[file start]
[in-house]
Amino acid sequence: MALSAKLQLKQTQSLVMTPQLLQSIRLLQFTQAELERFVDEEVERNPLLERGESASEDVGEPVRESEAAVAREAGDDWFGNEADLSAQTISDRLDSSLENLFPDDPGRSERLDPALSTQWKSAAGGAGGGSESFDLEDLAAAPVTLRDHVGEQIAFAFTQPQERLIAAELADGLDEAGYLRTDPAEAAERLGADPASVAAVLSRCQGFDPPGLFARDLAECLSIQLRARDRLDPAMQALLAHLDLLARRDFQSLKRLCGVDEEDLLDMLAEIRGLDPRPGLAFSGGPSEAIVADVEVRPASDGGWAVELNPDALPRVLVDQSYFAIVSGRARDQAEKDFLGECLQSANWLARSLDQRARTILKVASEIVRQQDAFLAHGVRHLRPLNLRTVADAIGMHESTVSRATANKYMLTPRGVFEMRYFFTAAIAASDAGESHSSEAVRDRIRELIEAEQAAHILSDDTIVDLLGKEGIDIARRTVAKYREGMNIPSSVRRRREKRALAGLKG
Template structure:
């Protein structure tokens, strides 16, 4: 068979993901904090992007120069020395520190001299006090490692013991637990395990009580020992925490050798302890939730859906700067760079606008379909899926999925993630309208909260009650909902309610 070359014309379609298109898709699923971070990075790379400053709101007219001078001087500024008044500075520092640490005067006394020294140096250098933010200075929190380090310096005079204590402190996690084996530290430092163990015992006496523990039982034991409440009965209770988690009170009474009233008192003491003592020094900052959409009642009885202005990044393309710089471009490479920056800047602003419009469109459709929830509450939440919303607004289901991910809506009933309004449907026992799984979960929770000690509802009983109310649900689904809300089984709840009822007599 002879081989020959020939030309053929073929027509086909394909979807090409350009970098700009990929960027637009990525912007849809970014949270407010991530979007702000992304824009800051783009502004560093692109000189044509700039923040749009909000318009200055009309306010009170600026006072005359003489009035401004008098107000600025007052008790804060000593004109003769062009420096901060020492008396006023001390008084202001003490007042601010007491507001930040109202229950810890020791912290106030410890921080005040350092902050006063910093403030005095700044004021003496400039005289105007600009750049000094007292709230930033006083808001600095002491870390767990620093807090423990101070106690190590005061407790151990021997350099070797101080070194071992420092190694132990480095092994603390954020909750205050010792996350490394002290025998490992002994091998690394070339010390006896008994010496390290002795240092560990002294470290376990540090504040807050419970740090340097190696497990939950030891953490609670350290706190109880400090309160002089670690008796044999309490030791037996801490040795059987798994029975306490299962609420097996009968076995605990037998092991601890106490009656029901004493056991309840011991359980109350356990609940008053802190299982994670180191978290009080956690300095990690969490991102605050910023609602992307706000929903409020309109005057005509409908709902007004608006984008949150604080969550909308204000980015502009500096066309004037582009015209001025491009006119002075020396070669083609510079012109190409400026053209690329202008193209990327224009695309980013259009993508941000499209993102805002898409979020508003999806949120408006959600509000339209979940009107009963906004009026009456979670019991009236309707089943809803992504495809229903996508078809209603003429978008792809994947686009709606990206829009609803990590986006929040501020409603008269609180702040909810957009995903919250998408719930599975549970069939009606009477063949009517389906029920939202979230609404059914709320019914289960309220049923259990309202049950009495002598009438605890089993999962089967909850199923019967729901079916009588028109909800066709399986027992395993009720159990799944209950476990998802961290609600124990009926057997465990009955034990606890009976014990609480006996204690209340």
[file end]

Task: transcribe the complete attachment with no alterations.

[in-house]
Amino acid sequence: MALSAKLQLKQTQSLVMTPQLLQSIRLLQFTQAELERFVDEEVERNPLLERGESASEDVGEPVRESEAAVAREAGDDWFGNEADLSAQTISDRLDSSLENLFPDDPGRSERLDPALSTQWKSAAGGAGGGSESFDLEDLAAAPVTLRDHVGEQIAFAFTQPQERLIAAELADGLDEAGYLRTDPAEAAERLGADPASVAAVLSRCQGFDPPGLFARDLAECLSIQLRARDRLDPAMQALLAHLDLLARRDFQSLKRLCGVDEEDLLDMLAEIRGLDPRPGLAFSGGPSEAIVADVEVRPASDGGWAVELNPDALPRVLVDQSYFAIVSGRARDQAEKDFLGECLQSANWLARSLDQRARTILKVASEIVRQQDAFLAHGVRHLRPLNLRTVADAIGMHESTVSRATANKYMLTPRGVFEMRYFFTAAIAASDAGESHSSEAVRDRIRELIEAEQAAHILSDDTIVDLLGKEGIDIARRTVAKYREGMNIPSSVRRRREKRALAGLKG
Template structure:
């Protein structure tokens, strides 16, 4: 068979993901904090992007120069020395520190001299006090490692013991637990395990009580020992925490050798302890939730859906700067760079606008379909899926999925993630309208909260009650909902309610 070359014309379609298109898709699923971070990075790379400053709101007219001078001087500024008044500075520092640490005067006394020294140096250098933010200075929190380090310096005079204590402190996690084996530290430092163990015992006496523990039982034991409440009965209770988690009170009474009233008192003491003592020094900052959409009642009885202005990044393309710089471009490479920056800047602003419009469109459709929830509450939440919303607004289901991910809506009933309004449907026992799984979960929770000690509802009983109310649900689904809300089984709840009822007599 002879081989020959020939030309053929073929027509086909394909979807090409350009970098700009990929960027637009990525912007849809970014949270407010991530979007702000992304824009800051783009502004560093692109000189044509700039923040749009909000318009200055009309306010009170600026006072005359003489009035401004008098107000600025007052008790804060000593004109003769062009420096901060020492008396006023001390008084202001003490007042601010007491507001930040109202229950810890020791912290106030410890921080005040350092902050006063910093403030005095700044004021003496400039005289105007600009750049000094007292709230930033006083808001600095002491870390767990620093807090423990101070106690190590005061407790151990021997350099070797101080070194071992420092190694132990480095092994603390954020909750205050010792996350490394002290025998490992002994091998690394070339010390006896008994010496390290002795240092560990002294470290376990540090504040807050419970740090340097190696497990939950030891953490609670350290706190109880400090309160002089670690008796044999309490030791037996801490040795059987798994029975306490299962609420097996009968076995605990037998092991601890106490009656029901004493056991309840011991359980109350356990609940008053802190299982994670180191978290009080956690300095990690969490991102605050910023609602992307706000929903409020309109005057005509409908709902007004608006984008949150604080969550909308204000980015502009500096066309004037582009015209001025491009006119002075020396070669083609510079012109190409400026053209690329202008193209990327224009695309980013259009993508941000499209993102805002898409979020508003999806949120408006959600509000339209979940009107009963906004009026009456979670019991009236309707089943809803992504495809229903996508078809209603003429978008792809994947686009709606990206829009609803990590986006929040501020409603008269609180702040909810957009995903919250998408719930599975549970069939009606009477063949009517389906029920939202979230609404059914709320019914289960309220049923259990309202049950009495002598009438605890089993999962089967909850199923019967729901079916009588028109909800066709399986027992395993009720159990799944209950476990998802961290609600124990009926057997465990009955034990606890009976014990609480006996204690209340």